The style is edged in irony as one might expect with such a subject but there are few quotable passages. Franzen is more concerned with the production of a seamless narrative. Although there are no solecisms, a few sentences are clumsy enough to require re-reading.
Reviewed by Bob Williams
Farrar, Straus and Giroux
“Every unhappy family is unhappy in its own way.”
And that certainly explains why so many novels feature the dysfunctional family. The dysfunctional Lamberts consist of parents Alfred and Enid and the three children Gary, Chip and Denise. Alfred and Enid live in Iowa but the children are all on the East Coast. Once we get a good look at the parents, we can understand why they live no nearer. Alfred is on the slippery slope of senile dementia and Enid is a silly woman who nags and torments her children at every opportunity.
Chip meets his parents in New York. They are about to embark on a pleasure cruise. He takes them to his apartment in time to meet his
girl friend. She is just leaving as in “I’m leaving for good.” Chip’s concern over this is greater than his concern for his parents. He leaves them to his sister and pursues the departing girl friend. His adventures will take him to Lithuania in the company of a dishonest former diplomat and together they will use the Internet to swindle American investors.
Denise is a lesbian and has left behind her a number of maladroit sexual encounters. She is also a dedicated chef and receives an important job from a man whose lover she will become for one night after the end of her love affair with his wife.
Gary is married to Caroline and completely dominated by her. All disagreements between them break down into a withdrawal of warmth and a refusal to discuss their problem. They batter at each other in a cold rage. Gary gets the worst of it since Caroline has allies in two of their three sons.
Enid is insistent that her children spend Christmas with them in St. Jude. It is, of course, impossible that such a visit should be anything other than pure hell but Gary and Denise are willing. Caroline hates Enid and is not willing. Chip, already established as self-centered and self-indulgent, is unlikely to leave Lithuania for such a purpose.
But the reunion takes place. Gary comes by himself. Denise is there but reduced to the edge of insanity by Enid and by the obvious failure of
Alfred. Chip, driven out of Lithuania by a civil war, arrives last of all. Alfred collapses so spectacularly that even Enid recognizes that
drastic steps are necessary.
A number of subsidiary plots and other devices are involved. The brother of one character (Robin, Denise’s lover) is a psychopath and another character on board the same cruise as Enid had a daughter murdered by a psychopath. The term “corrections” first appears as a stock market term for the adjustment of a market in which the values are inflated. It then becomes a subtly urged term for the minor but important adjustments that the characters make in their lives. There are other motifs that tie the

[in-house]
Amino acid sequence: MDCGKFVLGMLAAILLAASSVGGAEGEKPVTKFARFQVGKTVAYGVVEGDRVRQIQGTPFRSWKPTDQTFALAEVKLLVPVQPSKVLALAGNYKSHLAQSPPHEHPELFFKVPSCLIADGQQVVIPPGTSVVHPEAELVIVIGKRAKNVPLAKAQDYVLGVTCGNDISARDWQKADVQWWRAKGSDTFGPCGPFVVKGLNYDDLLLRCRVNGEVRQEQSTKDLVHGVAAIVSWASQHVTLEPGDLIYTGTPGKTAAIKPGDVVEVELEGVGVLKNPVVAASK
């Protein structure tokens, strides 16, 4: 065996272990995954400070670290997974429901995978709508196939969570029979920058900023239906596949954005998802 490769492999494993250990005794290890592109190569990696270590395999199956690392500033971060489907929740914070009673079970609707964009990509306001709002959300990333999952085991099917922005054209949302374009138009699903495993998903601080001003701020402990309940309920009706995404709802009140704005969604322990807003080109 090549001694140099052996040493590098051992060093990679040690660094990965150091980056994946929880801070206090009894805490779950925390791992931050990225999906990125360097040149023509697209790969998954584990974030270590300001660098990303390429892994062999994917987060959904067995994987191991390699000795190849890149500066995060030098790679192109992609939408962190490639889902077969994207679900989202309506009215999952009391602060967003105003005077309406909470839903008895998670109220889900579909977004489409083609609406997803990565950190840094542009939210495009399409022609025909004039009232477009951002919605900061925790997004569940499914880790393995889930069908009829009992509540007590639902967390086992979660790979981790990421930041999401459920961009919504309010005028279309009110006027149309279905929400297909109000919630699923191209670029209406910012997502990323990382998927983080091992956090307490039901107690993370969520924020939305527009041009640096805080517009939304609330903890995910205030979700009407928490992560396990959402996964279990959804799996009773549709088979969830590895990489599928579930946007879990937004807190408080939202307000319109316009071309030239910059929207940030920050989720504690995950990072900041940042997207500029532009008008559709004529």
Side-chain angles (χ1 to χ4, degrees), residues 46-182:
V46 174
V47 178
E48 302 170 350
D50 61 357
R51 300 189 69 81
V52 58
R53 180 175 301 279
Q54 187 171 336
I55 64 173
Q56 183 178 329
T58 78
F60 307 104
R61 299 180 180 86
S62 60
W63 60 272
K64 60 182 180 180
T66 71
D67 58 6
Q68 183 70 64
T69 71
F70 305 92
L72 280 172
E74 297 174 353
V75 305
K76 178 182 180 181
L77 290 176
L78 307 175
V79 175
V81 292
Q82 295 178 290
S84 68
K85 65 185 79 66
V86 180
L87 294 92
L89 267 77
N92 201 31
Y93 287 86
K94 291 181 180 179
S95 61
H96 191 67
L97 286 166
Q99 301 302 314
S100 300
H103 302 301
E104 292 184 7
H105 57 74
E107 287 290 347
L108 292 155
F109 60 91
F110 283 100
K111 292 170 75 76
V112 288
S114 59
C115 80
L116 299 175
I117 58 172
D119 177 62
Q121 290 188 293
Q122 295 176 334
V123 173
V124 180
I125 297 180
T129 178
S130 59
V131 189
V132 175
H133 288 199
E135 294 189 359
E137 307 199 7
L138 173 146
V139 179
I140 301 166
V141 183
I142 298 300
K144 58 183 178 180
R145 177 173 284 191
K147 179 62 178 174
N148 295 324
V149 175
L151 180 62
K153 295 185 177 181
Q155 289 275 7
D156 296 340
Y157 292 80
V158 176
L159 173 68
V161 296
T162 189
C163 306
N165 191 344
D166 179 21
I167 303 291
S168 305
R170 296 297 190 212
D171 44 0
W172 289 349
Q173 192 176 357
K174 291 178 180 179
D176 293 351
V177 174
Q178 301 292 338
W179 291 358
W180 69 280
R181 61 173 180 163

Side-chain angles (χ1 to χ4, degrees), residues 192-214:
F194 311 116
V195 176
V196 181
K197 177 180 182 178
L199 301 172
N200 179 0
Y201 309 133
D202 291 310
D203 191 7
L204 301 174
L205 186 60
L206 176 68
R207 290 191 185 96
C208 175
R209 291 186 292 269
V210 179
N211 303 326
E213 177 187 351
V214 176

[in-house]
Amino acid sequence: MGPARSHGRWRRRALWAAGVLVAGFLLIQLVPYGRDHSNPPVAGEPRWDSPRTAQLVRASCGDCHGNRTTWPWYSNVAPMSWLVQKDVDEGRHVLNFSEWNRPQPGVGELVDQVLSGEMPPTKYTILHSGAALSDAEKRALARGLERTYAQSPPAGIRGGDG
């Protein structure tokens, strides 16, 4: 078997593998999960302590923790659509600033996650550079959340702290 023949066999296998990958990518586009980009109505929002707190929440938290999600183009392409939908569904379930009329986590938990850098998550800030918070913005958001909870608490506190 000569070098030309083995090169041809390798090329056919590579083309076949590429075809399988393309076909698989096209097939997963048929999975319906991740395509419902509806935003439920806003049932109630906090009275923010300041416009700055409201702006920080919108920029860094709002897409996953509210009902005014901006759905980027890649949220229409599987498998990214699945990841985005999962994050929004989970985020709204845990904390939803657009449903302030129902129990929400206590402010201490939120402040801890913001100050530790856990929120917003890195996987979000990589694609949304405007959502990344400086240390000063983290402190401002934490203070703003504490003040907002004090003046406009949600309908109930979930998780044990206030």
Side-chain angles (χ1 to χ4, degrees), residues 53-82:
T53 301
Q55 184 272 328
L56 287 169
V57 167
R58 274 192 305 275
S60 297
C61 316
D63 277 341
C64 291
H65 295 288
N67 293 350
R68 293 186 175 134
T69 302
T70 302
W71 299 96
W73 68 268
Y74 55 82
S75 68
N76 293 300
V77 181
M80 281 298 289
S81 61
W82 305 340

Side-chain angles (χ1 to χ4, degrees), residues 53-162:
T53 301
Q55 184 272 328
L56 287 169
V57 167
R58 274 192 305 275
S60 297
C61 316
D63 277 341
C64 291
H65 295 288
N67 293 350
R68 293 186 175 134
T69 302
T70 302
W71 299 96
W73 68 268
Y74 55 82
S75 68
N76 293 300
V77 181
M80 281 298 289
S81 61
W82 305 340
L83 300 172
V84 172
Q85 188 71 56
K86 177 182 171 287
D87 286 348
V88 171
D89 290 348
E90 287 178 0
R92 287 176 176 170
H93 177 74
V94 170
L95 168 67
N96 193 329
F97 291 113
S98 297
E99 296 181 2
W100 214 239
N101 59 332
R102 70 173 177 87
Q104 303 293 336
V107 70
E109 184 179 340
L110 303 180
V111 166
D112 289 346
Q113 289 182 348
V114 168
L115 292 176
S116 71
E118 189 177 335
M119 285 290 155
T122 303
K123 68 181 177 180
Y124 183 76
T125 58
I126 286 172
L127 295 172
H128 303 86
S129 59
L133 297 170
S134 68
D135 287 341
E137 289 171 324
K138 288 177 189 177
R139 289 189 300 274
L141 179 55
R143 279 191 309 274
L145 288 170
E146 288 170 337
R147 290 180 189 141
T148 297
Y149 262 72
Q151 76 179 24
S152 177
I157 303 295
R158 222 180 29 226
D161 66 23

book together. Many of the characters are familiar with The Chronicles of Narnia and Aslan, the hero of this series, turns out to be the name of a personality-altering drug, illegal in the United States but available from a funny and sinister Dr. Feelgood aboard Enid and Alfred’s cruise ship.
The style is edged in irony as one might expect with such a subject but there are few quotable passages. Franzen is more concerned with the
production of a seamless narrative. Although there are no solecisms, a few sentences are clumsy enough to require rereading.
A writer may take his characters wherever he pleases and make whatever conclusion suits his needs but a reader may have other ideas. In the
conclusion the rigid Gary walks off from his father’s collapse to return home. Chip takes his father into his care, sees to his hospitalization
and visits him. The transformation of the heartless Chip into a tender, loving person stretches the reader’s credulity. That the confused Denise fades from the picture is acceptable but the change in Enid’s personality after the death of Alfred is not. Enid shows suddenly an intelligence and insight that we are not prepared for. Still, these are conventions of the (comparatively) happy ending that many readers will find acceptable. Such an ending may be seen as no more than the final authorial flourish to indicate that the book is finished. But, as the finish to a book that has been relentlessly honest, it will strike many readers as peculiar.
This National Book Award winner will be widely read and deserves this but rereadership, the proof of the value of any book, will be small.
For more information about The Corrections, or to purchase a copy, visit Corrections
About the Reviewer: Bob Williams is retired and lives in a small town with his wife, dogs and a cat. He has been collecting books all his life, and has done freelance writing, mostly on classical music. His principal interests are James Joyce, Jane Austen and Homer. His writings, two books and a number of short articles on Joyce, can be accessed at: